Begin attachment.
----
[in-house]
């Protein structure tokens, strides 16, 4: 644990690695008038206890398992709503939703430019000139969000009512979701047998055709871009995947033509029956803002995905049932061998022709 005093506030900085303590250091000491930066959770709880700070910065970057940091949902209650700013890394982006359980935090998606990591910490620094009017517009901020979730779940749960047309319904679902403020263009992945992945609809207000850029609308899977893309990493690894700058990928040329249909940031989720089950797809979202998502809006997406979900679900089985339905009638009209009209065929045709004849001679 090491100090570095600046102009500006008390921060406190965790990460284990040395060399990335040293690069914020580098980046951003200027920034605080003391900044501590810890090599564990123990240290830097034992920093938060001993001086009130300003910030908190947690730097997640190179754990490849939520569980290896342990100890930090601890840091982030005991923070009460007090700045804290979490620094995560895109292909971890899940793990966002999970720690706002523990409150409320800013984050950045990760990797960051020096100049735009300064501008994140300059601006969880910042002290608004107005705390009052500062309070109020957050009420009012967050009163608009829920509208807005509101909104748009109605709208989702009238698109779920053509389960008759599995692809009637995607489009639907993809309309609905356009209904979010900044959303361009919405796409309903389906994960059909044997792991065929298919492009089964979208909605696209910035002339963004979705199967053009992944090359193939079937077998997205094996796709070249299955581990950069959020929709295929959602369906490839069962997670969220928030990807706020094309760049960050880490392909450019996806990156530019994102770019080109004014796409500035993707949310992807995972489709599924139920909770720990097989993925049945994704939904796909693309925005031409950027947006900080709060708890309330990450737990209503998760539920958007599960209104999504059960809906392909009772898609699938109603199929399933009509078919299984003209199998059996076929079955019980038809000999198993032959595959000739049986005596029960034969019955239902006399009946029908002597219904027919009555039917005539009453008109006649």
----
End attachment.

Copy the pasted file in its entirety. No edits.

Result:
[in-house]
């Protein structure tokens, strides 16, 4: 644990690695008038206890398992709503939703430019000139969000009512979701047998055709871009995947033509029956803002995905049932061998022709 005093506030900085303590250091000491930066959770709880700070910065970057940091949902209650700013890394982006359980935090998606990591910490620094009017517009901020979730779940749960047309319904679902403020263009992945992945609809207000850029609308899977893309990493690894700058990928040329249909940031989720089950797809979202998502809006997406979900679900089985339905009638009209009209065929045709004849001679 090491100090570095600046102009500006008390921060406190965790990460284990040395060399990335040293690069914020580098980046951003200027920034605080003391900044501590810890090599564990123990240290830097034992920093938060001993001086009130300003910030908190947690730097997640190179754990490849939520569980290896342990100890930090601890840091982030005991923070009460007090700045804290979490620094995560895109292909971890899940793990966002999970720690706002523990409150409320800013984050950045990760990797960051020096100049735009300064501008994140300059601006969880910042002290608004107005705390009052500062309070109020957050009420009012967050009163608009829920509208807005509101909104748009109605709208989702009238698109779920053509389960008759599995692809009637995607489009639907993809309309609905356009209904979010900044959303361009919405796409309903389906994960059909044997792991065929298919492009089964979208909605696209910035002339963004979705199967053009992944090359193939079937077998997205094996796709070249299955581990950069959020929709295929959602369906490839069962997670969220928030990807706020094309760049960050880490392909450019996806990156530019994102770019080109004014796409500035993707949310992807995972489709599924139920909770720990097989993925049945994704939904796909693309925005031409950027947006900080709060708890309330990450737990209503998760539920958007599960209104999504059960809906392909009772898609699938109603199929399933009509078919299984003209199998059996076929079955019980038809000999198993032959595959000739049986005596029960034969019955239902006399009946029908002597219904027919009555039917005539009453008109006649």